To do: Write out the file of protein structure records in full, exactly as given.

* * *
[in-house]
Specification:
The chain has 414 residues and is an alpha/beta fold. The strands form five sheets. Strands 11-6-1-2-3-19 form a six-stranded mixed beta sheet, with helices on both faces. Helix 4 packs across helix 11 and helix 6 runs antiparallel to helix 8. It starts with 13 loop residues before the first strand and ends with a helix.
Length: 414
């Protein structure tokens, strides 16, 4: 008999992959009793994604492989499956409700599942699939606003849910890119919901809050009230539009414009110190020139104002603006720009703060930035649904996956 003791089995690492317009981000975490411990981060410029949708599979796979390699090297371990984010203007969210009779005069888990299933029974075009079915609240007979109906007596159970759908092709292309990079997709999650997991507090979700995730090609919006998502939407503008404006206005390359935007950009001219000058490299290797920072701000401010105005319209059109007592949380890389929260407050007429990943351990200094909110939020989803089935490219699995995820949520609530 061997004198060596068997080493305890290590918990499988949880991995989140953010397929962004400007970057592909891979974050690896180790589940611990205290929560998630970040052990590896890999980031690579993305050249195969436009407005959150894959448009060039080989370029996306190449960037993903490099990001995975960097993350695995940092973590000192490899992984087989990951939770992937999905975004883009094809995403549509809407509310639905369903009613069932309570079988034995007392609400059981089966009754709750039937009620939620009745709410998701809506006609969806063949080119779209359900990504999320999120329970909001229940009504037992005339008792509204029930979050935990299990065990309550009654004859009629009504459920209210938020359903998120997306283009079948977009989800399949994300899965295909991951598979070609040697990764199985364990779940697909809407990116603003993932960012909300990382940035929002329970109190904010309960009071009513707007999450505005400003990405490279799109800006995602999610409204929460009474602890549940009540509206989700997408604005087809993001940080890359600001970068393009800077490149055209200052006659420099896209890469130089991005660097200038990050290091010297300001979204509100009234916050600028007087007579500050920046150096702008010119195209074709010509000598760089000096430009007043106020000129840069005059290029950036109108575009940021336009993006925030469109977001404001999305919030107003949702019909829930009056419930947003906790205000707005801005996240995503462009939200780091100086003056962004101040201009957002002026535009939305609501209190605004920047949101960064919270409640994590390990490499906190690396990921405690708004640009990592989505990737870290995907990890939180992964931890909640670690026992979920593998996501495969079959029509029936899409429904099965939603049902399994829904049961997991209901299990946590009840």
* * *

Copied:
[in-house]
Specification:
The chain has 414 residues and is an alpha/beta fold. The strands form five sheets. Strands 11-6-1-2-3-19 form a six-stranded mixed beta sheet, with helices on both faces. Helix 4 packs across helix 11 and helix 6 runs antiparallel to helix 8. It starts with 13 loop residues before the first strand and ends with a helix.
Length: 414
């Protein structure tokens, strides 16, 4: 008999992959009793994604492989499956409700599942699939606003849910890119919901809050009230539009414009110190020139104002603006720009703060930035649904996956 003791089995690492317009981000975490411990981060410029949708599979796979390699090297371990984010203007969210009779005069888990299933029974075009079915609240007979109906007596159970759908092709292309990079997709999650997991507090979700995730090609919006998502939407503008404006206005390359935007950009001219000058490299290797920072701000401010105005319209059109007592949380890389929260407050007429990943351990200094909110939020989803089935490219699995995820949520609530 061997004198060596068997080493305890290590918990499988949880991995989140953010397929962004400007970057592909891979974050690896180790589940611990205290929560998630970040052990590896890999980031690579993305050249195969436009407005959150894959448009060039080989370029996306190449960037993903490099990001995975960097993350695995940092973590000192490899992984087989990951939770992937999905975004883009094809995403549509809407509310639905369903009613069932309570079988034995007392609400059981089966009754709750039937009620939620009745709410998701809506006609969806063949080119779209359900990504999320999120329970909001229940009504037992005339008792509204029930979050935990299990065990309550009654004859009629009504459920209210938020359903998120997306283009079948977009989800399949994300899965295909991951598979070609040697990764199985364990779940697909809407990116603003993932960012909300990382940035929002329970109190904010309960009071009513707007999450505005400003990405490279799109800006995602999610409204929460009474602890549940009540509206989700997408604005087809993001940080890359600001970068393009800077490149055209200052006659420099896209890469130089991005660097200038990050290091010297300001979204509100009234916050600028007087007579500050920046150096702008010119195209074709010509000598760089000096430009007043106020000129840069005059290029950036109108575009940021336009993006925030469109977001404001999305919030107003949702019909829930009056419930947003906790205000707005801005996240995503462009939200780091100086003056962004101040201009957002002026535009939305609501209190605004920047949101960064919270409640994590390990490499906190690396990921405690708004640009990592989505990737870290995907990890939180992964931890909640670690026992979920593998996501495969079959029509029936899409429904099965939603049902399994829904049961997991209901299990946590009840």